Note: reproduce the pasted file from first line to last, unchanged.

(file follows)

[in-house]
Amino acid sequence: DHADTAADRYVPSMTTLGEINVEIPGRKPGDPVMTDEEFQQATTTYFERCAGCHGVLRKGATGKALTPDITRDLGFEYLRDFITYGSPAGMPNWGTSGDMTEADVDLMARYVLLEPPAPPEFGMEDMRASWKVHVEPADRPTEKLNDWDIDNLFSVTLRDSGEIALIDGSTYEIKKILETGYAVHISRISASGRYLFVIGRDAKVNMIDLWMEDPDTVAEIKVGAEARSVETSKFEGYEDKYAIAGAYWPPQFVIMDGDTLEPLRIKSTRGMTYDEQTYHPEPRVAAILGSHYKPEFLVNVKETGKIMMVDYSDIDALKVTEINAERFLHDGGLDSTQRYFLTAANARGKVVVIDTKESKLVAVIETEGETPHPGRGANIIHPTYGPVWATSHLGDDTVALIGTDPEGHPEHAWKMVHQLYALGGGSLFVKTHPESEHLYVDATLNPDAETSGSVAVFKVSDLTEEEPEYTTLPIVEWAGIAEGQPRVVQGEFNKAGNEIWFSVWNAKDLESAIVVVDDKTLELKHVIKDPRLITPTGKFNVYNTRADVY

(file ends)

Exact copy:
[in-house]
Amino acid sequence: DHADTAADRYVPSMTTLGEINVEIPGRKPGDPVMTDEEFQQATTTYFERCAGCHGVLRKGATGKALTPDITRDLGFEYLRDFITYGSPAGMPNWGTSGDMTEADVDLMARYVLLEPPAPPEFGMEDMRASWKVHVEPADRPTEKLNDWDIDNLFSVTLRDSGEIALIDGSTYEIKKILETGYAVHISRISASGRYLFVIGRDAKVNMIDLWMEDPDTVAEIKVGAEARSVETSKFEGYEDKYAIAGAYWPPQFVIMDGDTLEPLRIKSTRGMTYDEQTYHPEPRVAAILGSHYKPEFLVNVKETGKIMMVDYSDIDALKVTEINAERFLHDGGLDSTQRYFLTAANARGKVVVIDTKESKLVAVIETEGETPHPGRGANIIHPTYGPVWATSHLGDDTVALIGTDPEGHPEHAWKMVHQLYALGGGSLFVKTHPESEHLYVDATLNPDAETSGSVAVFKVSDLTEEEPEYTTLPIVEWAGIAEGQPRVVQGEFNKAGNEIWFSVWNAKDLESAIVVVDDKTLELKHVIKDPRLITPTGKFNVYNTRADVY